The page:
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Effect of anti-retroviral therapy on oxidative stress in hospitalized HIV-infected adults with and without TB.

  • Author(s): Musisi, Emmanuel;
  • Matovu, Denis Kasozi;
  • Bukenya, Andrew;
  • Kaswabuli, Sylvia;
  • Zawedde, Josephine;
  • Andama, Alfred;
  • Byanyima, Patrick;
  • Sanyu, Ingvar;
  • Sessolo, Abdul;
  • Seremba, Emmanuel;
  • Davis, J Lucian;
  • Worodria, William;
  • Huang, Laurence;
  • Walter, Nicholas D;
  • Mayanja-Kizza, Harriet
  • et al.


HIV infection and opportunistic infections cause oxidative stress (OS), which is associated with tissue damage. Anti-retroviral therapy (ART) is used to treat HIV and decrease the risk of opportunistic infections, but it is unclear whether ART reduces OS. Association of ART with OS was investigated.


We stratified a convenience sample of frozen serum or plasma from HIV-infected, ART-naïve (n=21); HIV-infected, ART-treated (n=14); HIV and PTB co-infected, ART-naïve (n=21); HIV and PTB co-infected, ART-treated (n=25) patients. Controls (n=21) were HIV-negative adults without TB symptoms. Concentration of OS markers namely: transaminases (ALT and AST), gamma glutamyl transpeptidase (GGT), albumin, total protein, malondialdehyde (MDA), vitamin C, and total anti-oxidant status (TAS) were determined.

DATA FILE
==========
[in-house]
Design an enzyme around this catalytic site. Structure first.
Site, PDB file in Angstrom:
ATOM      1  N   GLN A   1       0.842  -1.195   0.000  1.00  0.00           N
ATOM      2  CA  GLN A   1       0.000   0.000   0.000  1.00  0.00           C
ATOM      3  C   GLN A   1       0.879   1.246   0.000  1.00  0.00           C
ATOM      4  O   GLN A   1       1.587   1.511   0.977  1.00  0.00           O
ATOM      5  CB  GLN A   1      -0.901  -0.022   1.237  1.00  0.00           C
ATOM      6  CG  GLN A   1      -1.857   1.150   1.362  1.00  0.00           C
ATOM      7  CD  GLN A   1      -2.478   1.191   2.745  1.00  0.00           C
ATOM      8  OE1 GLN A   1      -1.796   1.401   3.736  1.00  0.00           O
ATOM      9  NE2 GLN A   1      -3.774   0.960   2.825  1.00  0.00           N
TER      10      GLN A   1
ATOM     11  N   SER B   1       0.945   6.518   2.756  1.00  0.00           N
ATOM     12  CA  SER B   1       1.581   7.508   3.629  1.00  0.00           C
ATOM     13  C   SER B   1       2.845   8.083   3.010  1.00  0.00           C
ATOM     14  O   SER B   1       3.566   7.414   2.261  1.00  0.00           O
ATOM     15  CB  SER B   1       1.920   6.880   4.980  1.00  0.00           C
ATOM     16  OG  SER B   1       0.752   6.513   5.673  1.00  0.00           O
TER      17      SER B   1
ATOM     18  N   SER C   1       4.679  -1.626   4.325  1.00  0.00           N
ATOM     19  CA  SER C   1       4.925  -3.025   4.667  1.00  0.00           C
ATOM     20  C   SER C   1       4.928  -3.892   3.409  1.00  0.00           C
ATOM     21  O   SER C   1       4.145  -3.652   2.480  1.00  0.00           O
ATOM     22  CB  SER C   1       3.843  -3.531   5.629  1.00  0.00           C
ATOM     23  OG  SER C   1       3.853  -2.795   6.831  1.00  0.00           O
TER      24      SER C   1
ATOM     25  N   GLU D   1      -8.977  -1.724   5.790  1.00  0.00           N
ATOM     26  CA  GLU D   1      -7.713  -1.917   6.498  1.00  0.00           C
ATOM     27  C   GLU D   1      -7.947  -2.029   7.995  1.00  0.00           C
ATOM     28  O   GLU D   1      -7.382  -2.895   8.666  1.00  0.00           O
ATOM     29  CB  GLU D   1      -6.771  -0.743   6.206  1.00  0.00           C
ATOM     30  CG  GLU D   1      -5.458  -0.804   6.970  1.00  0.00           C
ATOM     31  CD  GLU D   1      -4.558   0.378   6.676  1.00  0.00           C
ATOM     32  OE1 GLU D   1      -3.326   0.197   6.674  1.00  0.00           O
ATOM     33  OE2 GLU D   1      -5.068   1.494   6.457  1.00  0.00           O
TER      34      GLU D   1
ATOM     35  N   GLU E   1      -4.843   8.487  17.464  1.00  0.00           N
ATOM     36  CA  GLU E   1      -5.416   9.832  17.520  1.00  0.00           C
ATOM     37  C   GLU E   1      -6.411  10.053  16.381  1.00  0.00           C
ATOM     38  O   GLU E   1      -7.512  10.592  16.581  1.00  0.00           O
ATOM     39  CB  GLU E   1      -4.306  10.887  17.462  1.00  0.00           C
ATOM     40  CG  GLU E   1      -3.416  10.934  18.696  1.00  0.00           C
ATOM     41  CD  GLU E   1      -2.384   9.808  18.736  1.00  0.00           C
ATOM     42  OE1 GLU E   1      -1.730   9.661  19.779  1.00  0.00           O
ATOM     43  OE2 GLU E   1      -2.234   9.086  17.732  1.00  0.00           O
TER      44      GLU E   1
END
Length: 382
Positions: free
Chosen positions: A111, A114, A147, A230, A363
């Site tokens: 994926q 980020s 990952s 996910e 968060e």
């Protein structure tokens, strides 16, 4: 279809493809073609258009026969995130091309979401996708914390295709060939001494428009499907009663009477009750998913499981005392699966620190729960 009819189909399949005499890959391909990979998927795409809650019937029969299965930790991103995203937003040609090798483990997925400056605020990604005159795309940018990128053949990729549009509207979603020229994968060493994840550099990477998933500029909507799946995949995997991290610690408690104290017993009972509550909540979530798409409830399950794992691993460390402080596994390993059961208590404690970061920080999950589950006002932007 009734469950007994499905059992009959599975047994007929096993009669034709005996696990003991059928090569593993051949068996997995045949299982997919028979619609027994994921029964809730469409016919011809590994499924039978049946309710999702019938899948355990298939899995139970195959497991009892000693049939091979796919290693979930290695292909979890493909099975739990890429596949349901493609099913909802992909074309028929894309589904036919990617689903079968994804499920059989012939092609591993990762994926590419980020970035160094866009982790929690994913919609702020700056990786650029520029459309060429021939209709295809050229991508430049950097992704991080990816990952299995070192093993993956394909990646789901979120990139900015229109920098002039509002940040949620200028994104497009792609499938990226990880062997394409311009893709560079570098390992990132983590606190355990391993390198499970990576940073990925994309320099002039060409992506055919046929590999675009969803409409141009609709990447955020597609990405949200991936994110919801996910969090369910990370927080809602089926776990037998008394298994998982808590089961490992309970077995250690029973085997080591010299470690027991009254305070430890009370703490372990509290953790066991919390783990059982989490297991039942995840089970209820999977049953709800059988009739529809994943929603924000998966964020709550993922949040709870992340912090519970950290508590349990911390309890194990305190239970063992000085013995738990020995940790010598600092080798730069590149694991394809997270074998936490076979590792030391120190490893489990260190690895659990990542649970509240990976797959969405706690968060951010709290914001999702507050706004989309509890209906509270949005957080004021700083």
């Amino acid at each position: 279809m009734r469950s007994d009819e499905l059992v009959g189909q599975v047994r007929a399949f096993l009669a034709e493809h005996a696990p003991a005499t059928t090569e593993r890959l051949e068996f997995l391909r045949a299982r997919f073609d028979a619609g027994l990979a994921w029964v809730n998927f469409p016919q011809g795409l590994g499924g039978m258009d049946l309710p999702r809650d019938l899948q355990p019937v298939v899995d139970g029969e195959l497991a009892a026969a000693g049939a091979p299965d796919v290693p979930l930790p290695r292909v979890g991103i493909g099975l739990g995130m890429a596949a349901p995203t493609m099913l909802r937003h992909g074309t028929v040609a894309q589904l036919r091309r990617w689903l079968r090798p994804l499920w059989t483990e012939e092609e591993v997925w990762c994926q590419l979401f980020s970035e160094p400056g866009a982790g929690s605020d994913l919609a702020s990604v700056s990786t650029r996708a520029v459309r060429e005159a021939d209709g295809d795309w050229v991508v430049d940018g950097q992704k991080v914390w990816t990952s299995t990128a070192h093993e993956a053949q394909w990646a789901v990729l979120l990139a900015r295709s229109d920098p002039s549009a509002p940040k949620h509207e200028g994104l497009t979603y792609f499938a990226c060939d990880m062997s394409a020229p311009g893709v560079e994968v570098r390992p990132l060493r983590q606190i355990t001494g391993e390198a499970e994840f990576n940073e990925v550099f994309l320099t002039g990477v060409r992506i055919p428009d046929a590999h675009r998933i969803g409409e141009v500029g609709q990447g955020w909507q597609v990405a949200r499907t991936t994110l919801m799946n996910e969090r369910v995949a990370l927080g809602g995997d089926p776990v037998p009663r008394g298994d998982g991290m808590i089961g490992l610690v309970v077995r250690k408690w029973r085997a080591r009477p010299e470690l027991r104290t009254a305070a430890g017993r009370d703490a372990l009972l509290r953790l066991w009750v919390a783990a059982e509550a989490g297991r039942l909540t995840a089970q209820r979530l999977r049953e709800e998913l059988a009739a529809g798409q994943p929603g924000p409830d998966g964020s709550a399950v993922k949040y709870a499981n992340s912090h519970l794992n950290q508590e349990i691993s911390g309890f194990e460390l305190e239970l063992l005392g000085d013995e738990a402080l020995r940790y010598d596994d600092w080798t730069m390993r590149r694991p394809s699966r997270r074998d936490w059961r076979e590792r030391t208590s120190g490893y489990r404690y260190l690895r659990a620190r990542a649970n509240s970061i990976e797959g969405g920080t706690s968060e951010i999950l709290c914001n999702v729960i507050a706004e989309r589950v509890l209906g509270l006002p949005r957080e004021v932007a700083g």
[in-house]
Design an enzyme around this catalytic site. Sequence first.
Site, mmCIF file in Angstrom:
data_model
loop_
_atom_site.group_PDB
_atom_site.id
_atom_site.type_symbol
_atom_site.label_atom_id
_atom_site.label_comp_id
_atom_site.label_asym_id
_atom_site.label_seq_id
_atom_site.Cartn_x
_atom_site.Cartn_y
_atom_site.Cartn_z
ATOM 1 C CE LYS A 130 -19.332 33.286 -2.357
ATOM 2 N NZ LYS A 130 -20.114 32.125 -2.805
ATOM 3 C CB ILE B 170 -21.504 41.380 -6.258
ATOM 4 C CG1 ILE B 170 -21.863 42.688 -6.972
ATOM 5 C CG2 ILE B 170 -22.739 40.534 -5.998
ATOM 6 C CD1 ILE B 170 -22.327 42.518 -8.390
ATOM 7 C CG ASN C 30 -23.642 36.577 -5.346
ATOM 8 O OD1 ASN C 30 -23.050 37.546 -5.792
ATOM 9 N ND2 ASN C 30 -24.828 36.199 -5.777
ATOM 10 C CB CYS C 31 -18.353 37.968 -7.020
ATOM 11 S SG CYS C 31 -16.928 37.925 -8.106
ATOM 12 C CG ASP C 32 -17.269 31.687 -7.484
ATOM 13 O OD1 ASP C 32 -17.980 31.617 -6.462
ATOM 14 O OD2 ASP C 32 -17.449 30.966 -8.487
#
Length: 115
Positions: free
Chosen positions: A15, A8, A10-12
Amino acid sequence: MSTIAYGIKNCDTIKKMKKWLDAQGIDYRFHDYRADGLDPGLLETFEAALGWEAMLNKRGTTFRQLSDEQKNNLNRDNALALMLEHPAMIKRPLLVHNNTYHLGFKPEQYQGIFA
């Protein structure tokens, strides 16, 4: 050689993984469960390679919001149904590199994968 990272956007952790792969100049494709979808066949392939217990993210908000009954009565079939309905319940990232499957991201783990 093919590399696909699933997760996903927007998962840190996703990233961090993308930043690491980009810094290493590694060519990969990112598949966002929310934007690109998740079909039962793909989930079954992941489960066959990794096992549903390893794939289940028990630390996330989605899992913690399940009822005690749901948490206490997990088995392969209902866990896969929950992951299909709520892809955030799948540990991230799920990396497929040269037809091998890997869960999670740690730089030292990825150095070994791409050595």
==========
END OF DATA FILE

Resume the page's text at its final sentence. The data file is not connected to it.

AST (p<0.001), GGT (p<0.001), total protein (p=0.001) and MDA (p<0.001) were higher in HIV patients compared to controls. Vitamin C (P<0.0001) and albumin (p<0.01) were lower in HIV-patients relative to controls. ART was only associated with higher albumin (p=0.001), higher GGT (p=0.02) and lower vitamin C (p=0.009). HIV and PTB co-infection was only significantly associated with higher GGT (p=0.01) and AST (p=0.03).


We identified severe OS among HIV-patients. ART was associated with both increased and reduced markers of OS hence suggesting that ART may not attenuate OS.

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